Kane Salzer


The house is an absolute shambles. Unwashed plates and cups lurking just below cold, oily dishwater in the kitchen. The trash needed to be taken out three days ago and I can’t even look at the dirty clothes in the laundry.

It’s so embarrassing, the place is totally unfit for guests and yet here one sits. Anxiety churns my stomach turning coffee and toast into a sour lump. I’m still in my dressing gown!

“This wasn’t as well planned as I had hoped, I’m sorry. You won’t count this against me will you?”

My house guest shakes their head vigorously and I can finally relax.

“Your arrival was a surprise to say the least. I genuinely wasn’t prepared for visitors today, but it’s always lovely when someone drops round so we’ll make do.”

I’m dithering, flustered. Need to pull myself together and focus. Whether I’m ready or not, today is the day.

“Can I tell you something? Something I’ve never told anyone else?”

A quick nod in the affirmative from my guest.

Leaning forward in a conspiratorial manner, my lips barely touching their ear, it’s warm, intimate, almost like a kiss. I whisper “I’ve never killed anyone before, you’re going to be my first.”

All things being equal, they took that revelation much better than expected.

“You’re going to help me work out my modus operandi. Apparently, all serial killers have one. But as yet nothing’s set in stone so I thought I’d put it out to the floor. What do you think it should be?”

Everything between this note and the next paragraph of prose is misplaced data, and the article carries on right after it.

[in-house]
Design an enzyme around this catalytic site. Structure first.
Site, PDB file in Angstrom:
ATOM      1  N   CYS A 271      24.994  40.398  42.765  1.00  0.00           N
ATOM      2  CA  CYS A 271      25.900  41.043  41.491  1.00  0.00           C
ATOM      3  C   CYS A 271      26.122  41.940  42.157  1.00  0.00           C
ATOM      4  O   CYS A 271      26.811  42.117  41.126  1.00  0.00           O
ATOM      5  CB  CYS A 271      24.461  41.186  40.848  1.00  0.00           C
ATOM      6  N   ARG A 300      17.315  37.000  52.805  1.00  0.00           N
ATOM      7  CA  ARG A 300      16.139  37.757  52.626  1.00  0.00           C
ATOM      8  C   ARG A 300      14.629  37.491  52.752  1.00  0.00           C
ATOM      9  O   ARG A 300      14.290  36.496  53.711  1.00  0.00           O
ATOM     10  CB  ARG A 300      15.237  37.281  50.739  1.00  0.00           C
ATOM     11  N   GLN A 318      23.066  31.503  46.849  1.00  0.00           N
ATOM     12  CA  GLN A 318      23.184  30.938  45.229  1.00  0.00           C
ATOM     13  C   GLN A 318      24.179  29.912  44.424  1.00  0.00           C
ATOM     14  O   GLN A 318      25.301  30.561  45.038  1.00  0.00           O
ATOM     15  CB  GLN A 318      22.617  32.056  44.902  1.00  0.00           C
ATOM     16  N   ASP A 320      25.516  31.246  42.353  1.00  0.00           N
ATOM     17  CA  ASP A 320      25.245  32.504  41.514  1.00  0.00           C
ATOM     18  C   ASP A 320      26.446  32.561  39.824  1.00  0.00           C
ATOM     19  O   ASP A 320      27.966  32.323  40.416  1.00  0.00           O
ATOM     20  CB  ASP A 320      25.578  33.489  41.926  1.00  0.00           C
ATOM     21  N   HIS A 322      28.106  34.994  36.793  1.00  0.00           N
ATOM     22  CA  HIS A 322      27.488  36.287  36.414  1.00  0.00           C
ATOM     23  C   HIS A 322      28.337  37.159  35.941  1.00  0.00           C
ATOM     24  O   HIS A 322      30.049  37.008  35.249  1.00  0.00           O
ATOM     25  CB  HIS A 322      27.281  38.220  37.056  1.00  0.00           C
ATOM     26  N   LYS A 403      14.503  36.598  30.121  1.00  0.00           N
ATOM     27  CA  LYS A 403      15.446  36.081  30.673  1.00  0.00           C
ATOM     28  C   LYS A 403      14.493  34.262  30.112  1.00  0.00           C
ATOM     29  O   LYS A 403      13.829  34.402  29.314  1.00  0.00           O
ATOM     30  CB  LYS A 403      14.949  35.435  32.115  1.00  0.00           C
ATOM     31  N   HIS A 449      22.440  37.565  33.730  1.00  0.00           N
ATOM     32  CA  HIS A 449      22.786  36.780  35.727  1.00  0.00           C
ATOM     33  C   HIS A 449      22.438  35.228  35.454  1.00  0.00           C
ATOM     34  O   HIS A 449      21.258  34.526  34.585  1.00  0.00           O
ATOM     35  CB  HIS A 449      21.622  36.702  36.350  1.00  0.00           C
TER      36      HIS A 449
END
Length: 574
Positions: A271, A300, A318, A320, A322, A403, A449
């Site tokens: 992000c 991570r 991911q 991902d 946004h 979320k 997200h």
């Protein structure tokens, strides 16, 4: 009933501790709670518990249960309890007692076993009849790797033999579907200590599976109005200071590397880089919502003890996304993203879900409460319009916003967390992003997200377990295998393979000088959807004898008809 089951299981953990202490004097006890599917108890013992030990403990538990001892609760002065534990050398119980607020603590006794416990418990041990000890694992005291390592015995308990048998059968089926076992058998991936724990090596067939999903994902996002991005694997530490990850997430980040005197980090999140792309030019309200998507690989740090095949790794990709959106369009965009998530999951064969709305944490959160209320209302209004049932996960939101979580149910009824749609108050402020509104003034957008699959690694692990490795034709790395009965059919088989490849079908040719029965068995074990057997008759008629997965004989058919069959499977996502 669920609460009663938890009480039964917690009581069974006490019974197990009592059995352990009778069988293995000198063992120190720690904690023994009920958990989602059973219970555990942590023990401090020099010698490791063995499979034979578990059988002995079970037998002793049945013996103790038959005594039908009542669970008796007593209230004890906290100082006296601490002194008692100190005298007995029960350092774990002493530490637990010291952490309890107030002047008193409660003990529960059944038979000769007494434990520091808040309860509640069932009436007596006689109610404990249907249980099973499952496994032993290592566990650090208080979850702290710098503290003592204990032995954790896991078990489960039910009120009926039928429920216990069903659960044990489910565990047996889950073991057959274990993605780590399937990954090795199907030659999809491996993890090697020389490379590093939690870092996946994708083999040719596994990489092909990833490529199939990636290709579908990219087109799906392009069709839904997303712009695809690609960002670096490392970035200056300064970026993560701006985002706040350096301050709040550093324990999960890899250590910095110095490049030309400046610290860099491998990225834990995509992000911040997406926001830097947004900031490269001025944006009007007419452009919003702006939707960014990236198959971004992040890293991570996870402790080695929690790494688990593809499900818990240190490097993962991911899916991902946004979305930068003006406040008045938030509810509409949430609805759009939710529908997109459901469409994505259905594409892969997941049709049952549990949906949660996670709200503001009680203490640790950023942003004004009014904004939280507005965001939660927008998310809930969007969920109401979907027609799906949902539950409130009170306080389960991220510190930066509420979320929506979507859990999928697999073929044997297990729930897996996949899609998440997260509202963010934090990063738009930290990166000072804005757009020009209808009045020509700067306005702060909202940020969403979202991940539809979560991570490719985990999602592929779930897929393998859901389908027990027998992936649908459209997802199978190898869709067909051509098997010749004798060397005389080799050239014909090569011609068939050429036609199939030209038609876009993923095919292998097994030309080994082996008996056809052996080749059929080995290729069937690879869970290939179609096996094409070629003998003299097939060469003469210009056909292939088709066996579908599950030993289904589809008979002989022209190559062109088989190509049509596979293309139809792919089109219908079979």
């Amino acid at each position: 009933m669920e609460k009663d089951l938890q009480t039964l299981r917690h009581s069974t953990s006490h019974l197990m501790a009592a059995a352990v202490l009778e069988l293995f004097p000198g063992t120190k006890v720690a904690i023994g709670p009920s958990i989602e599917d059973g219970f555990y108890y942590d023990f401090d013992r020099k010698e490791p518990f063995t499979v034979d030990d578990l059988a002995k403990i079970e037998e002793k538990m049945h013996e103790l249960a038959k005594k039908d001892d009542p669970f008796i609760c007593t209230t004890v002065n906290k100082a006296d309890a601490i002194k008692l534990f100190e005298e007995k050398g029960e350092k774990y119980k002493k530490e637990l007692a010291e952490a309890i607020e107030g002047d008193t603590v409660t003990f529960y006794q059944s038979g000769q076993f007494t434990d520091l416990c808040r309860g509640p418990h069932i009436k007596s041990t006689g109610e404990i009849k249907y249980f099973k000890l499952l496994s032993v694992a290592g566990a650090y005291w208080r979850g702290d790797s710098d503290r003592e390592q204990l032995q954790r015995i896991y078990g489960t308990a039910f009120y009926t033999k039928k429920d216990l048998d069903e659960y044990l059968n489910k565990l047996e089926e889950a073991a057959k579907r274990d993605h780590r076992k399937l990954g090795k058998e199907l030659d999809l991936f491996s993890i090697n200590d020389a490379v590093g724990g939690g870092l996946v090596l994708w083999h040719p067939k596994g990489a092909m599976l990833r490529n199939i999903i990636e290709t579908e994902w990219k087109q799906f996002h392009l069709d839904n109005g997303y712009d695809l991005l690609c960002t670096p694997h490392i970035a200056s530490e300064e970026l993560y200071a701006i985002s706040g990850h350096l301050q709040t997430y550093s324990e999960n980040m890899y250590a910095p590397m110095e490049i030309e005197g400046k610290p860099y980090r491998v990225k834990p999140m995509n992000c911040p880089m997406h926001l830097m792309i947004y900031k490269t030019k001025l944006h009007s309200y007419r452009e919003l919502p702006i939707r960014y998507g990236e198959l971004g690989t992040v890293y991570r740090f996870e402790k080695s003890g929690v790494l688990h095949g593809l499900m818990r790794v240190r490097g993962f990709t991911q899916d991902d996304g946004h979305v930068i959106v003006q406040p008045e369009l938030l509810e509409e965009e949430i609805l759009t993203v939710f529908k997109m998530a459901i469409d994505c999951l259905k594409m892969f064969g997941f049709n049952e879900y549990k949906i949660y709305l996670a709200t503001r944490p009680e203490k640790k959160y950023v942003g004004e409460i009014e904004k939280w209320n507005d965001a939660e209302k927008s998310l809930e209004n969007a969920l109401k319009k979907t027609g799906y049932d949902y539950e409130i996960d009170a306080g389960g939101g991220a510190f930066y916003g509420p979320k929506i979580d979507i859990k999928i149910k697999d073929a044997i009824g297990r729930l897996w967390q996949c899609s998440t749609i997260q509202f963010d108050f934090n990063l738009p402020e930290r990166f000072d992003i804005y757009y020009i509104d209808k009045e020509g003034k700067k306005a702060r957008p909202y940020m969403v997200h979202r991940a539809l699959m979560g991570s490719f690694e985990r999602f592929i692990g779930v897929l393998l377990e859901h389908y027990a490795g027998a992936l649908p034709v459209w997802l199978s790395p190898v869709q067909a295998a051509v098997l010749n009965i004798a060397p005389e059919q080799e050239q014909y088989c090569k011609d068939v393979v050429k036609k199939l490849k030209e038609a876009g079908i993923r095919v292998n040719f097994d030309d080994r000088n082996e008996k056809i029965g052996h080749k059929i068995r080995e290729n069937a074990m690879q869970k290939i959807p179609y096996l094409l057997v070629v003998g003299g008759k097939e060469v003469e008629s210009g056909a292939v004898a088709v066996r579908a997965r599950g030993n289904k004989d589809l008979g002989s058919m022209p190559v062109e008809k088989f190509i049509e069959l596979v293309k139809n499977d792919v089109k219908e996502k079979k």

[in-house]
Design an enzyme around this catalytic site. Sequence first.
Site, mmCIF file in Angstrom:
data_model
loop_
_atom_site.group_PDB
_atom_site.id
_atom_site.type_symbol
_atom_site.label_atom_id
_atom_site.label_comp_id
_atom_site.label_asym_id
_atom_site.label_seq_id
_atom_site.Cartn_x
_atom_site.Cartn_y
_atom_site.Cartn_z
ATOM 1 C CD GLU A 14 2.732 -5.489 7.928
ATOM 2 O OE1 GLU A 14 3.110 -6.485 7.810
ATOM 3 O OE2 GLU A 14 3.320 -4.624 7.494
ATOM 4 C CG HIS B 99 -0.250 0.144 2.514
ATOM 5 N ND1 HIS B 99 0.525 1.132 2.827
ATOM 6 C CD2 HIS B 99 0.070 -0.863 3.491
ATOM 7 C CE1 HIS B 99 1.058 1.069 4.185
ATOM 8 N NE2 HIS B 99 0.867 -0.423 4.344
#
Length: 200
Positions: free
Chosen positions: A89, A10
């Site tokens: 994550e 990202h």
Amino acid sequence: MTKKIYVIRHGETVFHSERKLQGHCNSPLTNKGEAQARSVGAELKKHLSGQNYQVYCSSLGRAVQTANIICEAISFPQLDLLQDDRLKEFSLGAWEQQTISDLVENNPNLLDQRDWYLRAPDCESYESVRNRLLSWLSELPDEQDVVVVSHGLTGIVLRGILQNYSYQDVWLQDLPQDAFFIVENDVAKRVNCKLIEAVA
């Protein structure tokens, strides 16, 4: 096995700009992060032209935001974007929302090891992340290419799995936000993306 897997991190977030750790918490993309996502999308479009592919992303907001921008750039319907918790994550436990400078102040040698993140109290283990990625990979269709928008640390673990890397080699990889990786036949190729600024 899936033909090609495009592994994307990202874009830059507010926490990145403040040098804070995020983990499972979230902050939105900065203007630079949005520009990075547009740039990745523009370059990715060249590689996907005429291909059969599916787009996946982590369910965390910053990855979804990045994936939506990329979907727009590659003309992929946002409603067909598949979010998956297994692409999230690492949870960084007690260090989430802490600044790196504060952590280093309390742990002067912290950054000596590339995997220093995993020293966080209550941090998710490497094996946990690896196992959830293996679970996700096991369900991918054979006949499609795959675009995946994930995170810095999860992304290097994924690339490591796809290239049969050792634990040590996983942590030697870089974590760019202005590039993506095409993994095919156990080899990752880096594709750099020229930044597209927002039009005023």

As soon as the gag comes off my guest…no, my victim, starts to scream. It’s pretty tedious to be honest. I ‘gently’ remind them it’s a soundproof room. That seems to take the wind out of their sails a bit. Hammers have that affect on people.

“Look, I need be totally candid with you, bargaining’s probably not going to work today. You don’t have anything I want.”

Now come the tears and the bargaining. Why don’t people listen?

“Don’t cry, it makes me uncomfortable.” I have to put their gag back in, the sobbing and screaming are distracting.

My ‘tools’ take some time to lay out. Mostly gardening supplies bulked out with a selection of craft knives and stuff from the kitchen. The time had arrived, nothing would be gained from further delays. And yet I find myself anxious. What if it wasn’t everything I had hoped for? What if I couldn’t go through with it? Humans are very different to neighbourhood cats and dogs. My hands are clammy, stomach in knots.

I give my hands a quick shake and tighten my grip on a pair of secateurs.

“Right. Fine. Ok. Let’s begin.”

“I tell you what, I’ll start slow okay? We’ll start with fingers and count down to zero. Once we get there I’ll do the deed. Does that suit you?”

Laughing self consciously, I realise what I said “Oh, sorry! You’ve got the gag in. I’ll just assume you agree and get on with it.”

In the light, the secateurs gleam dangerously. They make a metallic slicing sound. They were only sharpened a couple of days ago.

Gently I take my victim’s little finger, laying it in the razor caress of the garden shears. I filter out the high pitched whining. There’s no going back now.

“Right then.” I take a deep breath.

“Ten,” snip.

“Nine,” snip.

“Eight,” snip.

“Seven,” snip.

“Six,” snip.

“Five,” snip.

“Four,” snip.

“Three,” snip.

“Two,” snip.

“One,” snip.


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